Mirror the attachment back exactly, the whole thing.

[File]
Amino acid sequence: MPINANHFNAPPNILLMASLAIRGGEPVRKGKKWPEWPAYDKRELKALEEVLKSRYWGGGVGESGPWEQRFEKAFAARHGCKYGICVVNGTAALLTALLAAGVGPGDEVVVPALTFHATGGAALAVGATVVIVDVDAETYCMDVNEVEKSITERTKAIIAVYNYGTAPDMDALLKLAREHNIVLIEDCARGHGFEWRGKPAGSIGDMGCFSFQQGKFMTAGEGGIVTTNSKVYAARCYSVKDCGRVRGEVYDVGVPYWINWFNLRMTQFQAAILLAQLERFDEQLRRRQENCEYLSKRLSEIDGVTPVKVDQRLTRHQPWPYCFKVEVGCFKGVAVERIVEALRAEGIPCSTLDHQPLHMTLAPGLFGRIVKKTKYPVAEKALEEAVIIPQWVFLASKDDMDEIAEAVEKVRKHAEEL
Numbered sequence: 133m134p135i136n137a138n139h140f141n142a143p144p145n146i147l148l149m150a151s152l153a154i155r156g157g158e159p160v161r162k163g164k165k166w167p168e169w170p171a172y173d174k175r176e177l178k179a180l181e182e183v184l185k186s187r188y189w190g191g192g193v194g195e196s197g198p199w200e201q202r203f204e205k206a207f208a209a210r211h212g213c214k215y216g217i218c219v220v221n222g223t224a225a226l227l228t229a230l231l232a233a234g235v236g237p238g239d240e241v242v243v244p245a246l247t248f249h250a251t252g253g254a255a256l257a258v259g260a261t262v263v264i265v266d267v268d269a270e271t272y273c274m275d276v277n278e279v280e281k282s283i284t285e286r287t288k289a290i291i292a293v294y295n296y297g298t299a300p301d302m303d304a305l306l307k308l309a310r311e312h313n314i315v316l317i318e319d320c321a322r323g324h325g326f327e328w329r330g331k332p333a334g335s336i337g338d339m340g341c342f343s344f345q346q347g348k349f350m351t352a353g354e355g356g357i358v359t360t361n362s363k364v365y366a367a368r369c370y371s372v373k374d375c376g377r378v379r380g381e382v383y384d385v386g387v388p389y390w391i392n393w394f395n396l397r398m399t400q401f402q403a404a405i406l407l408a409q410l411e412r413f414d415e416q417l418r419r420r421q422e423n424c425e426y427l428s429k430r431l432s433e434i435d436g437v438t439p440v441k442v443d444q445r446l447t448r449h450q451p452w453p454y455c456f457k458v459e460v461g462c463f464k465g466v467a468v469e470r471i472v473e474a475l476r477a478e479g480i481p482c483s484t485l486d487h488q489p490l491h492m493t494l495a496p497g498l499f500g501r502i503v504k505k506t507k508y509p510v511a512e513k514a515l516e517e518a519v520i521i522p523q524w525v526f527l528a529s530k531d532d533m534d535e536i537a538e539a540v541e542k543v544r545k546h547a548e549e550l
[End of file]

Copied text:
Amino acid sequence: MPINANHFNAPPNILLMASLAIRGGEPVRKGKKWPEWPAYDKRELKALEEVLKSRYWGGGVGESGPWEQRFEKAFAARHGCKYGICVVNGTAALLTALLAAGVGPGDEVVVPALTFHATGGAALAVGATVVIVDVDAETYCMDVNEVEKSITERTKAIIAVYNYGTAPDMDALLKLAREHNIVLIEDCARGHGFEWRGKPAGSIGDMGCFSFQQGKFMTAGEGGIVTTNSKVYAARCYSVKDCGRVRGEVYDVGVPYWINWFNLRMTQFQAAILLAQLERFDEQLRRRQENCEYLSKRLSEIDGVTPVKVDQRLTRHQPWPYCFKVEVGCFKGVAVERIVEALRAEGIPCSTLDHQPLHMTLAPGLFGRIVKKTKYPVAEKALEEAVIIPQWVFLASKDDMDEIAEAVEKVRKHAEEL
Numbered sequence: 133m134p135i136n137a138n139h140f141n142a143p144p145n146i147l148l149m150a151s152l153a154i155r156g157g158e159p160v161r162k163g164k165k166w167p168e169w170p171a172y173d174k175r176e177l178k179a180l181e182e183v184l185k186s187r188y189w190g191g192g193v194g195e196s197g198p199w200e201q202r203f204e205k206a207f208a209a210r211h212g213c214k215y216g217i218c219v220v221n222g223t224a225a226l227l228t229a230l231l232a233a234g235v236g237p238g239d240e241v242v243v244p245a246l247t248f249h250a251t252g253g254a255a256l257a258v259g260a261t262v263v264i265v266d267v268d269a270e271t272y273c274m275d276v277n278e279v280e281k282s283i284t285e286r287t288k289a290i291i292a293v294y295n296y297g298t299a300p301d302m303d304a305l306l307k308l309a310r311e312h313n314i315v316l317i318e319d320c321a322r323g324h325g326f327e328w329r330g331k332p333a334g335s336i337g338d339m340g341c342f343s344f345q346q347g348k349f350m351t352a353g354e355g356g357i358v359t360t361n362s363k364v365y366a367a368r369c370y371s372v373k374d375c376g377r378v379r380g381e382v383y384d385v386g387v388p389y390w391i392n393w394f395n396l397r398m399t400q401f402q403a404a405i406l407l408a409q410l411e412r413f414d415e416q417l418r419r420r421q422e423n424c425e426y427l428s429k430r431l432s433e434i435d436g437v438t439p440v441k442v443d444q445r446l447t448r449h450q451p452w453p454y455c456f457k458v459e460v461g462c463f464k465g466v467a468v469e470r471i472v473e474a475l476r477a478e479g480i481p482c483s484t485l486d487h488q489p490l491h492m493t494l495a496p497g498l499f500g501r502i503v504k505k506t507k508y509p510v511a512e513k514a515l516e517e518a519v520i521i522p523q524w525v526f527l528a529s530k531d532d533m534d535e536i537a538e539a540v541e542k543v544r545k546h547a548e549e550l